Why are black adults at greater risk of death from heart disease? New study suggests social factors are responsible

heart disease concept

Black Americans face a 54% higher heart disease mortality rate than white Americans, with a recent study attributing this disparity to social factors rather than traditional clinical factors. The research underlines the importance of social determinants of health, highlighting the need for social and community interventions to address these disparities.

African Americans have a 54% higher risk of becoming a victim cardiovascular disease Compared to their white counterparts, however, heart disease-related deaths have declined significantly across the country.

A recent study from Tulane University, published in History of Internal Medicinefound that these racial disparities are linked more to social determinants such as unemployment, limited income and partner absence, rather than previously identified factors such as high blood pressure and obesity.

“For years we have focused on smoking, diet, physical activity, obesity, high blood pressure, diabetes and high cholesterol – and we know these are important for heart disease prevention – but I was surprised that blacks-whites “Differences in mortality from cardiovascular disease are largely due to social factors,” said Dr. Jiang He, lead author and the Joseph S. Copps Chair in Epidemiology at the Tulane School of Public Health and Tropical Medicine.

Using health data from more than 50,000 adults, the study examined clinical risk factors (obesity, diabetes, high blood pressure and high cholesterol), lifestyle risk factors (smoking, unhealthy diet, lack of exercise and too little or examined the relationship between excess sleep). ), and social risk factors associated with cardiovascular mortality (unemployment, low family income, food insecurity, low education, no regular access to health care, no private health insurance, not owning a home, and neither married nor living with a partner only).

When the study was adjusted for age and sex, the death rate from heart disease was 54% higher among black adults than among white adults. This dropped to 34% and 31%, respectively, after adjustment for clinical and lifestyle risk factors. However, racial differences in cardiovascular mortality were completely eliminated after adjustment for social risk factors.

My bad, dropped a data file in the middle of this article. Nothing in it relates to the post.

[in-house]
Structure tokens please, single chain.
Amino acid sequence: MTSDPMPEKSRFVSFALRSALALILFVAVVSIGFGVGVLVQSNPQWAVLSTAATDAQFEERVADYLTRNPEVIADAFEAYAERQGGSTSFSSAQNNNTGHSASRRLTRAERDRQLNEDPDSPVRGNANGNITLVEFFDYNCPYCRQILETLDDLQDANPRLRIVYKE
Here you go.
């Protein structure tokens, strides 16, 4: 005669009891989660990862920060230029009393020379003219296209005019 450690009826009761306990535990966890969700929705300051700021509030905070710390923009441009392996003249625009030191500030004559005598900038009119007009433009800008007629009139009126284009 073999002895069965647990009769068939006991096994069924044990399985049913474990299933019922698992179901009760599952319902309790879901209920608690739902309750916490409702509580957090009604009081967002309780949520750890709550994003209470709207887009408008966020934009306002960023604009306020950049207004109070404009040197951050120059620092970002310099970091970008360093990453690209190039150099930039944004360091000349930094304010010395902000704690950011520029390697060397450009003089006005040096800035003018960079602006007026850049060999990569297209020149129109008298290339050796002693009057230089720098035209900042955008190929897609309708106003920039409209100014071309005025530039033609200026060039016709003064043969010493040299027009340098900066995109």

“When we adjusted for lifestyle and clinical risk factors, the black-white disparity in heart disease mortality decreased but still persisted.” He said. “However, after adjusting for social risk factors, this racial difference completely disappeared.”

The study follows another recent Tulane study that similarly found that Black Americans are 59% more likely to die prematurely than white Americans. That disparity dropped to zero after adjusting for these social factors, also known as social determinants of health.

Social determinants of health, while a relatively new framework, was developed by CDC’s Healthy People 2030 initiative emphasizing eight areas of life important for health and well-being.

For them, the findings emphasize the importance of good-paying jobs, health care access and the social support that can come from a family or close-knit community.

Moving forward, he is putting these findings into practice with a program that aims to address high blood pressure in New Orleans’ black communities by partnering with local churches to provide health screening training and free medication.

“Developing innovative community-based interventions to reduce cardiovascular disease risk in black populations is essential,” he said.

Reference: “Social, behavioral, and metabolic risk factors and racial disparities in cardiovascular disease mortality in US adults” by Jiang He, Joshua D. Bundy, Siyi Geng, Ling Tian, ​​Hua He, Jingyan Li, Keith C. Ferdinand, Amanda H. “. Anderson, Kirsten S. Dorans, Ramachandran S. Wasson, Katherine T. Mills and Jing Chen, September 2023, History of Internal Medicine,
DOI: 10.7326/m23-0507

The study was funded by the National Heart, Lung, and Blood Institute, the National Institute of General Medical Sciences, and the National Institute on Minority Health and Health Disparities.

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